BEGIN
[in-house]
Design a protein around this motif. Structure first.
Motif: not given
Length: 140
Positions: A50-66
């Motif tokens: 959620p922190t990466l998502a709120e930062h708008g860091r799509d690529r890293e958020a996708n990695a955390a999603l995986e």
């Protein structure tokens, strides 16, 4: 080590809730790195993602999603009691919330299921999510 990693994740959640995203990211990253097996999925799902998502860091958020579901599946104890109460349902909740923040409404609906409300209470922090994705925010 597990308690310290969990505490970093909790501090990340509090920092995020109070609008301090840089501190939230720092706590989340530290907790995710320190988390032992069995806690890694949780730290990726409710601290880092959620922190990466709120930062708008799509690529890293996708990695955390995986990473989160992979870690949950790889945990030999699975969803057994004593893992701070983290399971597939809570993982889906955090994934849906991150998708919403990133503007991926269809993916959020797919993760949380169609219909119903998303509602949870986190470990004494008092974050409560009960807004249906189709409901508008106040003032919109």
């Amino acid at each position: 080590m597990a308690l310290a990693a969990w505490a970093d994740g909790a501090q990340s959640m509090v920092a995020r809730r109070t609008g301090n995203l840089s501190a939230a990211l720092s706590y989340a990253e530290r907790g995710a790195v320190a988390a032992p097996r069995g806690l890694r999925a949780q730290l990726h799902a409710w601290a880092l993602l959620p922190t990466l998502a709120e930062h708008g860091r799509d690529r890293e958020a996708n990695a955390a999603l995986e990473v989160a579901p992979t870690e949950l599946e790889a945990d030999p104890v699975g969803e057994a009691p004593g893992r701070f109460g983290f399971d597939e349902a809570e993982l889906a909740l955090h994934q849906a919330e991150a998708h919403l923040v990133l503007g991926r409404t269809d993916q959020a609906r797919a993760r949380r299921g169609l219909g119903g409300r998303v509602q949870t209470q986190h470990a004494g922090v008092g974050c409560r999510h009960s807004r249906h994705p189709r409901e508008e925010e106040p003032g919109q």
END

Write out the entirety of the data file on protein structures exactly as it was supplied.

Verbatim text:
[in-house]
Design a protein around this motif. Structure first.
Motif: not given
Length: 140
Positions: A50-66
């Motif tokens: 959620p922190t990466l998502a709120e930062h708008g860091r799509d690529r890293e958020a996708n990695a955390a999603l995986e």
């Protein structure tokens, strides 16, 4: 080590809730790195993602999603009691919330299921999510 990693994740959640995203990211990253097996999925799902998502860091958020579901599946104890109460349902909740923040409404609906409300209470922090994705925010 597990308690310290969990505490970093909790501090990340509090920092995020109070609008301090840089501190939230720092706590989340530290907790995710320190988390032992069995806690890694949780730290990726409710601290880092959620922190990466709120930062708008799509690529890293996708990695955390995986990473989160992979870690949950790889945990030999699975969803057994004593893992701070983290399971597939809570993982889906955090994934849906991150998708919403990133503007991926269809993916959020797919993760949380169609219909119903998303509602949870986190470990004494008092974050409560009960807004249906189709409901508008106040003032919109």
């Amino acid at each position: 080590m597990a308690l310290a990693a969990w505490a970093d994740g909790a501090q990340s959640m509090v920092a995020r809730r109070t609008g301090n995203l840089s501190a939230a990211l720092s706590y989340a990253e530290r907790g995710a790195v320190a988390a032992p097996r069995g806690l890694r999925a949780q730290l990726h799902a409710w601290a880092l993602l959620p922190t990466l998502a709120e930062h708008g860091r799509d690529r890293e958020a996708n990695a955390a999603l995986e990473v989160a579901p992979t870690e949950l599946e790889a945990d030999p104890v699975g969803e057994a009691p004593g893992r701070f109460g983290f399971d597939e349902a809570e993982l889906a909740l955090h994934q849906a919330e991150a998708h919403l923040v990133l503007g991926r409404t269809d993916q959020a609906r797919a993760r949380r299921g169609l219909g119903g409300r998303v509602q949870t209470q986190h470990a004494g922090v008092g974050c409560r999510h009960s807004r249906h994705p189709r409901e508008e925010e106040p003032g919109q």